Wednesday, July 31, 2013

Maxwell's, The Finale

Hundreds flock to Maxwell's to say farewell

It's been an extended farewell for Maxwell's, the great & perhaps incomparable Hoboken club, bar & restaurant, voluntarily going out of business rather than becoming a Museum of Old Alternative Rock. WFMU has had a long association with the club, & in its earlier days was also a popular gathering spot for poets.

What makes it more poignant is that it's also an overdue farewell to Hoboken, the gritty port city (See On the Waterfront), once known (when I was a teenager) for its excellent pizza & the attractive Italian-American girls hanging out on Washington St., becoming in the 70's & 80's a refuge for musicians & other bohemian types seeking cheaper rents in hundreds of backstreet railroad flats. Long past those eras.  Even the single yuppies who gentrified the city are largely gone, replaced by affluent couples raising their children.  Parking, always a problem, is now impossible. Driving to Maxwell's was always a hassle, not to mention it's not near the PATH station; you have long walk or bus ride.

I was 28 years-old when Maxwell's opened,  past my "club" days - I'd had enough of those by the time I quit rock a few years earlier. I'd be in deep denial if I said Maxwell's closing didn't make me feel my age. It tempers any nostalgic, celebratory feelings I have. For others, especially those in college in the 80's & 90's, Maxwell's was their musical prime, their touchstone. Also a very important venue for bands, with hip, knowledgeable audiences. The list of great bands that played there is astonishing, thanks to two great guys booking the bands.  I consider myself fortunate to have read poetry from its stage, at some benefit for a poetry 'zine.  But I also read at other Hoboken venues, other bars, declining working class gin mills  with backrooms appropriated by poets.  Those places are long gone also.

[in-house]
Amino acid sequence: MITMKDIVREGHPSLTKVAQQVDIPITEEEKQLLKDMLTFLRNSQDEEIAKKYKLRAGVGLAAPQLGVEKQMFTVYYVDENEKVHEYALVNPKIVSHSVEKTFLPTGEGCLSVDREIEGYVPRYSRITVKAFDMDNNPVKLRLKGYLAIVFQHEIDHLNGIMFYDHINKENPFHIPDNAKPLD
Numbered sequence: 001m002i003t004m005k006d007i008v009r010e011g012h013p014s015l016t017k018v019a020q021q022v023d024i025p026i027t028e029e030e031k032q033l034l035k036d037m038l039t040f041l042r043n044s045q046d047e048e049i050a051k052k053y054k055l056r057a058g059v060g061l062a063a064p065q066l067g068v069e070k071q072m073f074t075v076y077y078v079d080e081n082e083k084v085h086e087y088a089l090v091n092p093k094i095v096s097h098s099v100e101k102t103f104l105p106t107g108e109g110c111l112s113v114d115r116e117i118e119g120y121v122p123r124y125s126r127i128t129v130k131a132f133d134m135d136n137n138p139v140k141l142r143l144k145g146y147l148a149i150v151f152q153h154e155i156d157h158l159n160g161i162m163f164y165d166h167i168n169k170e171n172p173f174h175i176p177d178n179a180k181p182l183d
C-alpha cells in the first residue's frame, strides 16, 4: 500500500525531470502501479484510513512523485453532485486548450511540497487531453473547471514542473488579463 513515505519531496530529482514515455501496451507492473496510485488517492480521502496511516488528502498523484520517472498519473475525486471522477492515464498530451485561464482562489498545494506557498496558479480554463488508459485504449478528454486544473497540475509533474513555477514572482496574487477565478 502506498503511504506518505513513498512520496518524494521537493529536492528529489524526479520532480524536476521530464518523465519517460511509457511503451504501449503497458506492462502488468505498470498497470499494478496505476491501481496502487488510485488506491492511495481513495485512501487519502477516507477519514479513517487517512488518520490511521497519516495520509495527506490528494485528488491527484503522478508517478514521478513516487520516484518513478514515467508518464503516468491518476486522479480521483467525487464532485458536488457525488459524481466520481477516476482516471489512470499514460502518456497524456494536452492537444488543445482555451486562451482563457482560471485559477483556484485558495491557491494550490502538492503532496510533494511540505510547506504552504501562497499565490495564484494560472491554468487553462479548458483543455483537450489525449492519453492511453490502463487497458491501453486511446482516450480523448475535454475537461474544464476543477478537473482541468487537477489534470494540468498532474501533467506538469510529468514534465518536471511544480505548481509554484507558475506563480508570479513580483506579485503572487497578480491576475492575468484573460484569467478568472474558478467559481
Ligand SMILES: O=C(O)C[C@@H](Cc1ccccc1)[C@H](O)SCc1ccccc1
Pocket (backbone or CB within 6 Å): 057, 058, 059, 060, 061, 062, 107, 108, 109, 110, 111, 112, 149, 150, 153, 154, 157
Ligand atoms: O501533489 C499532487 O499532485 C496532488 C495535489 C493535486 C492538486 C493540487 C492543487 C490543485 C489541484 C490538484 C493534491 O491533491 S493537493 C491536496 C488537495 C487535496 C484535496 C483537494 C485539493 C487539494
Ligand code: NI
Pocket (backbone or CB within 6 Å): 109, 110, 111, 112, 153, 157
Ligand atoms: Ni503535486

The grand goodbye for Maxwell's is deserved. It was a club that  made every other venue in Jersey feel a bit provincial once everyone got over the early idea of a "Hoboken sound." It was also a friendly place, always a neighborhood bar (as it had been) - you never felt that aspect was secondary;   proud of its role & history but not dwelling on them. The walls weren't decorated with autographed photos of bands - which would be opposed to the spirit of Maxwell's. Maxwell's went out with its spirit intact.

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